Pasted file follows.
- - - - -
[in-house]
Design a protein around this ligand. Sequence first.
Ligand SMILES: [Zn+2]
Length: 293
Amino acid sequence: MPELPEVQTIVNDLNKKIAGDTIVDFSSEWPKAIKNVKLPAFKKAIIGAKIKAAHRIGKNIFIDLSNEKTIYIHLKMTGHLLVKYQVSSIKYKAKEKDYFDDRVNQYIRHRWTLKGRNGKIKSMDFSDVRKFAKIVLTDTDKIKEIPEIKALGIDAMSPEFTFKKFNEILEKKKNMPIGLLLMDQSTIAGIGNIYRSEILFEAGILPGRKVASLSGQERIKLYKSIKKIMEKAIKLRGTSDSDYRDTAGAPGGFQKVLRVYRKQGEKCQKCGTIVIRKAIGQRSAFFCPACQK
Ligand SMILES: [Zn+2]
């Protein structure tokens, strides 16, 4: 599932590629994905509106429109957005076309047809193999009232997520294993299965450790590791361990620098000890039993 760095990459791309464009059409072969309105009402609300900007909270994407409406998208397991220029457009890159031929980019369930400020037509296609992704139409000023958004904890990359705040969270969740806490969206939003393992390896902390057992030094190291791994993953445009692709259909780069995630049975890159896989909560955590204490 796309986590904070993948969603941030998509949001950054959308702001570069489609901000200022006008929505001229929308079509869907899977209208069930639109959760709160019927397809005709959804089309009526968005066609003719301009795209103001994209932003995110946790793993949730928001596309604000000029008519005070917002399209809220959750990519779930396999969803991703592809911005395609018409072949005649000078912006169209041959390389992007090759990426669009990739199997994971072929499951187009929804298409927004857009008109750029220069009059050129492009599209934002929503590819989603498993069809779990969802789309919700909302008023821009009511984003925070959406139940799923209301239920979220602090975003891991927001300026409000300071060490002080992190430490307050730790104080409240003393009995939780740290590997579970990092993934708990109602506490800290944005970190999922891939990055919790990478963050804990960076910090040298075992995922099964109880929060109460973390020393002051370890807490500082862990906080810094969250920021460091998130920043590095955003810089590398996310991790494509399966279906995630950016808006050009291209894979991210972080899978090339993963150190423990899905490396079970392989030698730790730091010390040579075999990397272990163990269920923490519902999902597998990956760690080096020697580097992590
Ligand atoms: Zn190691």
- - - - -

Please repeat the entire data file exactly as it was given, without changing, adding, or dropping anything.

[in-house]
Design a protein around this ligand. Sequence first.
Ligand SMILES: [Zn+2]
Length: 293
Amino acid sequence: MPELPEVQTIVNDLNKKIAGDTIVDFSSEWPKAIKNVKLPAFKKAIIGAKIKAAHRIGKNIFIDLSNEKTIYIHLKMTGHLLVKYQVSSIKYKAKEKDYFDDRVNQYIRHRWTLKGRNGKIKSMDFSDVRKFAKIVLTDTDKIKEIPEIKALGIDAMSPEFTFKKFNEILEKKKNMPIGLLLMDQSTIAGIGNIYRSEILFEAGILPGRKVASLSGQERIKLYKSIKKIMEKAIKLRGTSDSDYRDTAGAPGGFQKVLRVYRKQGEKCQKCGTIVIRKAIGQRSAFFCPACQK
Ligand SMILES: [Zn+2]
């Protein structure tokens, strides 16, 4: 599932590629994905509106429109957005076309047809193999009232997520294993299965450790590791361990620098000890039993 760095990459791309464009059409072969309105009402609300900007909270994407409406998208397991220029457009890159031929980019369930400020037509296609992704139409000023958004904890990359705040969270969740806490969206939003393992390896902390057992030094190291791994993953445009692709259909780069995630049975890159896989909560955590204490 796309986590904070993948969603941030998509949001950054959308702001570069489609901000200022006008929505001229929308079509869907899977209208069930639109959760709160019927397809005709959804089309009526968005066609003719301009795209103001994209932003995110946790793993949730928001596309604000000029008519005070917002399209809220959750990519779930396999969803991703592809911005395609018409072949005649000078912006169209041959390389992007090759990426669009990739199997994971072929499951187009929804298409927004857009008109750029220069009059050129492009599209934002929503590819989603498993069809779990969802789309919700909302008023821009009511984003925070959406139940799923209301239920979220602090975003891991927001300026409000300071060490002080992190430490307050730790104080409240003393009995939780740290590997579970990092993934708990109602506490800290944005970190999922891939990055919790990478963050804990960076910090040298075992995922099964109880929060109460973390020393002051370890807490500082862990906080810094969250920021460091998130920043590095955003810089590398996310991790494509399966279906995630950016808006050009291209894979991210972080899978090339993963150190423990899905490396079970392989030698730790730091010390040579075999990397272990163990269920923490519902999902597998990956760690080096020697580097992590
Ligand atoms: Zn190691």